Added Rodriguez, “Looking at the ring, I think of the time he gave it to me and said I was the one for him.” She also said that the ring has not changed how she and Green act, because they were just as committed before.
In addition to career obligations, Rodriguez said the “social stigma” of early engagement factors into her decision to wait for a more serious commitment.
“People treat you differently and look at you differently. Your friends probably think you’re not as fun,” she said. “In college, it’s just way too serious.”
Although promise rings are generally considered a baby step to engagement, those who have them said the ring does not signify a step up, but rather, is a symbol of the love two people share at the moment. “It’s an outward expression of what’s already there,” Kantey said.
The ring, in fact, is secondary – and perhaps obsolete – to the emotions it represents.
“The love is there regardless of the ring, and people can see that,” Green said.
He added, “It’s not an engagement ring, it was a gift to her to make her happy, to make her smile, and that’s what I want most.”
Different types of promises
Although promise rings have become increasingly popular as pre-engagement rings, they symbolize a variety of vows, as one junior’s simple, white-gold band proves.
The junior, a Tennessee native who did not want her name used, got her promise ring in sixth grade during a church commitment party, where she and 25 of her peers took a vow to abstain from sex until marriage.
“It’s a promise between me, the person I’m going to marry and God,” she said.
She has worn the ring every day since signing her virginity pledge card to remain sexually abstinent until she enters “a biblical marriage relationship.” She wears the ring on her right middle finger because she purposely bought the ring big – big enough to give to her husband on their wedding night.
Her Southern Baptist church began the program in conjunction with True Love Waits, a Christian ministry operating under the religious nonprofit organization Lifeway. She points out however, that the decision to make the promise was her own, without pressure from either her parents or her church.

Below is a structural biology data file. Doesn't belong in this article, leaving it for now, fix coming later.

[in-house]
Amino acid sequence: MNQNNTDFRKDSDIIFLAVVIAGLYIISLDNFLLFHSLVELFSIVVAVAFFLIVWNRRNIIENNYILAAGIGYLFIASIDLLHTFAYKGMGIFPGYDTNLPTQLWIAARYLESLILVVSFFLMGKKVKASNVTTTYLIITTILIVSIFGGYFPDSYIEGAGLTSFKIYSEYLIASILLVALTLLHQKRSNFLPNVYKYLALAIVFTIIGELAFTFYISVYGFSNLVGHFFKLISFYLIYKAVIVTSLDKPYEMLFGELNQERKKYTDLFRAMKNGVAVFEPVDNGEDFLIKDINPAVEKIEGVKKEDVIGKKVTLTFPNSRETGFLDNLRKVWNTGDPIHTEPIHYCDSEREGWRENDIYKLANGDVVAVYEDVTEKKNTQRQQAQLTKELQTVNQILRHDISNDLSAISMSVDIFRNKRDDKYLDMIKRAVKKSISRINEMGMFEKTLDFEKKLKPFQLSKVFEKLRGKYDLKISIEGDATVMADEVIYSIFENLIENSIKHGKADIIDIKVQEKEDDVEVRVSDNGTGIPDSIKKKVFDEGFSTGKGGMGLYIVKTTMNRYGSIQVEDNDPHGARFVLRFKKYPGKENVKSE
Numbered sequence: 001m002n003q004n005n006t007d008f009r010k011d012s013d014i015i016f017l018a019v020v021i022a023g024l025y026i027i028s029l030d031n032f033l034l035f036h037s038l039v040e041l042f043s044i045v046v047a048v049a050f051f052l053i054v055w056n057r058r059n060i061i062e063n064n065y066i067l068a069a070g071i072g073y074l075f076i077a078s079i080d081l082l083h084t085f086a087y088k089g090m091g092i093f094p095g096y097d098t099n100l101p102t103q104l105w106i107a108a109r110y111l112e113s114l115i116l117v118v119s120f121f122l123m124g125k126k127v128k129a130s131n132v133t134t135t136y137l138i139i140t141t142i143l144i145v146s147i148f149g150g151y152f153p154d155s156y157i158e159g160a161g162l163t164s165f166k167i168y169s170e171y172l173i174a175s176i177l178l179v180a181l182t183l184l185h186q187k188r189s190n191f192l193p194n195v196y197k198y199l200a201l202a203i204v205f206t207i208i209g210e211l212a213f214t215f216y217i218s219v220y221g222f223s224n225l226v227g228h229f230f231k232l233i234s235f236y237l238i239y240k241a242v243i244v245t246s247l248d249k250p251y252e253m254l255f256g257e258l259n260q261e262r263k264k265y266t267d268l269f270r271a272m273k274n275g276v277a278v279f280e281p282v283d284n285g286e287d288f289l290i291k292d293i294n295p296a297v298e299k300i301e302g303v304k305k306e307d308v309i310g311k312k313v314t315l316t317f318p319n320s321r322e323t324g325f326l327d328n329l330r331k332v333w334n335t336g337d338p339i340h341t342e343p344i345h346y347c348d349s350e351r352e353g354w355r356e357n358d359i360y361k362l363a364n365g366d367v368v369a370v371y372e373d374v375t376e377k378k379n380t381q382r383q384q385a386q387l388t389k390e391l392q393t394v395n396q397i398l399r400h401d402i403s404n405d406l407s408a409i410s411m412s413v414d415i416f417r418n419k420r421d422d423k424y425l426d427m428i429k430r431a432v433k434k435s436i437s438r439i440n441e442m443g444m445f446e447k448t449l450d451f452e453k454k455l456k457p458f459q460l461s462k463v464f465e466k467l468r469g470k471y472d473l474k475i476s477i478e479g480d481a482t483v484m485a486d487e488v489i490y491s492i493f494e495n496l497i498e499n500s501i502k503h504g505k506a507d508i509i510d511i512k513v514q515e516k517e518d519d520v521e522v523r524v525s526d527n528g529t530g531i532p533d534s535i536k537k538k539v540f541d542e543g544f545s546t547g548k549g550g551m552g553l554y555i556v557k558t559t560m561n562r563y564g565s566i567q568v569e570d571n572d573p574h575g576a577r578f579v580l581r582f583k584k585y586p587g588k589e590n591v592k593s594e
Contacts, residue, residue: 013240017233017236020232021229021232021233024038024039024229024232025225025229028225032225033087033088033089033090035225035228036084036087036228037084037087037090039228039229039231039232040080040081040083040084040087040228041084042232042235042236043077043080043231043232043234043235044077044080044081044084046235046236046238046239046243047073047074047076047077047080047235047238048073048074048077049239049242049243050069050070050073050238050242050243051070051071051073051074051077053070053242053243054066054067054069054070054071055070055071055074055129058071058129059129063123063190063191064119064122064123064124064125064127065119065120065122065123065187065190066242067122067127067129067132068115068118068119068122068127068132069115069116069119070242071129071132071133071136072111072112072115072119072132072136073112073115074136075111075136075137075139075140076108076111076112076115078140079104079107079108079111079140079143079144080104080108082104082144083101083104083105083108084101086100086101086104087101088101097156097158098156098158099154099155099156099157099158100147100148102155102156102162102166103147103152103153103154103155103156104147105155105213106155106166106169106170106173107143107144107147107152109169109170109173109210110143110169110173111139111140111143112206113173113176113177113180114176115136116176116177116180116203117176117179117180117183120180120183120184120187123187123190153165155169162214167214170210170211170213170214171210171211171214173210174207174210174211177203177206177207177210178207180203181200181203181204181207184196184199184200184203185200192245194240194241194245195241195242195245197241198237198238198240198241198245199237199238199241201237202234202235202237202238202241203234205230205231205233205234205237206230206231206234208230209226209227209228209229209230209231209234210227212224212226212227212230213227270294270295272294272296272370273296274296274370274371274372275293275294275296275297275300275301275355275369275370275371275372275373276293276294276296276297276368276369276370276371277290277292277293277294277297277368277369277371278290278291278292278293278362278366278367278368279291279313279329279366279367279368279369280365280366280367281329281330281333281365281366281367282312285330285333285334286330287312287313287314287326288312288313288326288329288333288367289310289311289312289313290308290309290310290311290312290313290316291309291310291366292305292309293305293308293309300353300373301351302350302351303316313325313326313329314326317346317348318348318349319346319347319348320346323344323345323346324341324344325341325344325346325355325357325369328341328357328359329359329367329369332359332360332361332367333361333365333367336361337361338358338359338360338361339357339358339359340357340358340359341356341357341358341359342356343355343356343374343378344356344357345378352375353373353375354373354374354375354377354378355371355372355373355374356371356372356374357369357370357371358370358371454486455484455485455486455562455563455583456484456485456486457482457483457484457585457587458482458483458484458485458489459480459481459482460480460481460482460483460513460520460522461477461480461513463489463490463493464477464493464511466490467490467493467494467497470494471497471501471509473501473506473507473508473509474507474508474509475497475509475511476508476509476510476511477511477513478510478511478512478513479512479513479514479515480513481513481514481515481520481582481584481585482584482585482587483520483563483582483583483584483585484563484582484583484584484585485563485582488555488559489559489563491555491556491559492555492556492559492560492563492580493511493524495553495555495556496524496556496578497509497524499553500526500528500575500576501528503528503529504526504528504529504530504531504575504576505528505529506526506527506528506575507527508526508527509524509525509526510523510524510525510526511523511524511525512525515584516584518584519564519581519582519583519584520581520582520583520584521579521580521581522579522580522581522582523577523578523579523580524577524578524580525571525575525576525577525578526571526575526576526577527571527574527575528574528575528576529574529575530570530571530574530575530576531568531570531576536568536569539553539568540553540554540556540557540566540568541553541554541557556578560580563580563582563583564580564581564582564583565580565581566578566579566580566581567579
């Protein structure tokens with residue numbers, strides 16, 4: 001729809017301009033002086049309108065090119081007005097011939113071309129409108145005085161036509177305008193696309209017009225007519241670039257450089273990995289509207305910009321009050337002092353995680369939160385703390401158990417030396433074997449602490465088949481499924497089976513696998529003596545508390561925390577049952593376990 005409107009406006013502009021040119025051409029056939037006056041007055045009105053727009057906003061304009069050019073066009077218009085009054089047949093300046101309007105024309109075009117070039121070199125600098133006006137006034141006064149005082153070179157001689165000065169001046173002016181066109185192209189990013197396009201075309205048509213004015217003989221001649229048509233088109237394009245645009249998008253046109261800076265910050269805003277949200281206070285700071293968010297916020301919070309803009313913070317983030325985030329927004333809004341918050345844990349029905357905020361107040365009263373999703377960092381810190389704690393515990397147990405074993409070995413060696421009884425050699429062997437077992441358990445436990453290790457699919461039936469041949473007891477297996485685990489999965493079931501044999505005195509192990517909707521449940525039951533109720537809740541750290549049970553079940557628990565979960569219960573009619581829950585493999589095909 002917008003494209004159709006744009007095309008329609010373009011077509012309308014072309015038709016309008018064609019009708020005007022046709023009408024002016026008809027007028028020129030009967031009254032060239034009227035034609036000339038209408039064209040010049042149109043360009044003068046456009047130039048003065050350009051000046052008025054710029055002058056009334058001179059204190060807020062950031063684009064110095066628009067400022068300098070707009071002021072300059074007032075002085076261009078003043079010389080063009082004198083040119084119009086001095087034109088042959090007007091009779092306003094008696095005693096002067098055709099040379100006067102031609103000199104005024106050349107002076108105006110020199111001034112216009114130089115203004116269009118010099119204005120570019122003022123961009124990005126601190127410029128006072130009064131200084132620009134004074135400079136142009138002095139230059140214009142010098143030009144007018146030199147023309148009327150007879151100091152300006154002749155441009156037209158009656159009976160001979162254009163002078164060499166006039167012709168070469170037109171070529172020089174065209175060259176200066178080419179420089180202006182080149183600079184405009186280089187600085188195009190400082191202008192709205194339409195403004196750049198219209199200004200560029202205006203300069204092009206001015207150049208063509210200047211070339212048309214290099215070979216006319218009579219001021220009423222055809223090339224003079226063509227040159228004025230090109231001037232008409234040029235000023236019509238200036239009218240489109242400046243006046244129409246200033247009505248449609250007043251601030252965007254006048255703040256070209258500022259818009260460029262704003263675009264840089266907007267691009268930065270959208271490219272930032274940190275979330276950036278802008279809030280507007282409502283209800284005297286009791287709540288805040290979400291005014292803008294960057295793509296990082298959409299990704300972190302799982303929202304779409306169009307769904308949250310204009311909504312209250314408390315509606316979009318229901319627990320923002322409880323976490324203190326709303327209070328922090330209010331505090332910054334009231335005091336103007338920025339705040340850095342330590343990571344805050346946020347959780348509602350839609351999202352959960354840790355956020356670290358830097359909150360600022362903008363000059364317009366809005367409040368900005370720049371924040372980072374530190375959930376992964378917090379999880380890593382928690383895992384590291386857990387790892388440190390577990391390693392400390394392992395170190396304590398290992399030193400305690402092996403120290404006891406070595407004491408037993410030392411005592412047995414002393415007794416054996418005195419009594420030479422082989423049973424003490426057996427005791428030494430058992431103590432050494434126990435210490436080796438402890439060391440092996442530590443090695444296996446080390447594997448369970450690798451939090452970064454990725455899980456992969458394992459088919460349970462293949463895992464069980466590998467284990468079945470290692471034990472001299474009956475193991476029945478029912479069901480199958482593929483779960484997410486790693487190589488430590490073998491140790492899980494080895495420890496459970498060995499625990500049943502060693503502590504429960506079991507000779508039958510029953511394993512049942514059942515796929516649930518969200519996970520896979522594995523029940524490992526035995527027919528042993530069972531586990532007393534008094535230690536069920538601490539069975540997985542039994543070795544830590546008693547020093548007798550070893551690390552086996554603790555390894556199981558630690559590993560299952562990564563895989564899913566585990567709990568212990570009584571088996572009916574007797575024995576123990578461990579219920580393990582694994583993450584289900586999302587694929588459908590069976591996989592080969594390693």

Though barely an adolescent when she got her promise ring, she said she does not regret making her pledge so early. However, she does think it is better to make such a serious commitment later, when one “knows more about life and relationships.”
“I did it real early when you don’t know anything about relationships or guys . but it’s something that’s so important to me; it’s something I’ve made a part of myself,” she said.
Her friends and acquaintances at GW have been respectful of her decision to wait, but the junior admits she does get some “weird looks” from people when they find out her ring symbolizes a promise to abstain from sex, not a commitment to engagement.
“A lot of times people are really surprised. They think of someone who is a virgin and think they’re prude or don’t know how to have a good time or they’re not normal – but I’m just as normal as the next person,” she said.
Because promise rings do not come with rule books on dating and hooking up, the junior said each person decides where to draw the line. “I’m a little more liberal with my line,” she added.
She has hooked up with guys in the past, and has even stayed overnight with a few – coming uncomfortably close to breaking her promise. She “reevlauted (her) line” last semester after waking up next to a guy she did not feel particularly “close” to.
“It was a red flag to me. There’s no reason I should wake and feel regret about something I did the night before. I decided the next person I hook up with would be someone I was in a serious relationship with,” she said.
Since then, she has not “gone past kissing” with guys. If she were to “mess up” and break the pledge she took almost a decade ago, she said she would stop wearing her ring because it would have lost its meaning.
“It’s so personal that the only people who know if you break it are you and God.”
This article appeared in the April 17, 2006 issue of the Hatchet.